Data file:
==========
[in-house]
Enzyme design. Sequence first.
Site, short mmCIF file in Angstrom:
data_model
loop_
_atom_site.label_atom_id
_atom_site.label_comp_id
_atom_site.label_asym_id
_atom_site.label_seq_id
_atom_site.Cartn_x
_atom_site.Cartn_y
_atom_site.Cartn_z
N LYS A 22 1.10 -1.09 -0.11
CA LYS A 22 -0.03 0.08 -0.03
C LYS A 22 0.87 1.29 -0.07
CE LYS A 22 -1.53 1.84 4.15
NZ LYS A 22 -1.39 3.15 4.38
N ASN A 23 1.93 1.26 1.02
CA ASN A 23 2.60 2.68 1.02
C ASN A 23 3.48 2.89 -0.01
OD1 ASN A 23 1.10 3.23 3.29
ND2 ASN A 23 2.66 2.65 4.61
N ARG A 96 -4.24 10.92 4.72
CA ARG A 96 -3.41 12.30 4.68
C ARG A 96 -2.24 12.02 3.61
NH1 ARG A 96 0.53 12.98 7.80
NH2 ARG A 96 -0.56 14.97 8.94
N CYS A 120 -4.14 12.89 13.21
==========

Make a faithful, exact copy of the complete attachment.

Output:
[in-house]
Enzyme design. Sequence first.
Site, short mmCIF file in Angstrom:
data_model
loop_
_atom_site.label_atom_id
_atom_site.label_comp_id
_atom_site.label_asym_id
_atom_site.label_seq_id
_atom_site.Cartn_x
_atom_site.Cartn_y
_atom_site.Cartn_z
N LYS A 22 1.10 -1.09 -0.11
CA LYS A 22 -0.03 0.08 -0.03
C LYS A 22 0.87 1.29 -0.07
CE LYS A 22 -1.53 1.84 4.15
NZ LYS A 22 -1.39 3.15 4.38
N ASN A 23 1.93 1.26 1.02
CA ASN A 23 2.60 2.68 1.02
C ASN A 23 3.48 2.89 -0.01
OD1 ASN A 23 1.10 3.23 3.29
ND2 ASN A 23 2.66 2.65 4.61
N ARG A 96 -4.24 10.92 4.72
CA ARG A 96 -3.41 12.30 4.68
C ARG A 96 -2.24 12.02 3.61
NH1 ARG A 96 0.53 12.98 7.80
NH2 ARG A 96 -0.56 14.97 8.94
N CYS A 120 -4.14 12.89 13.21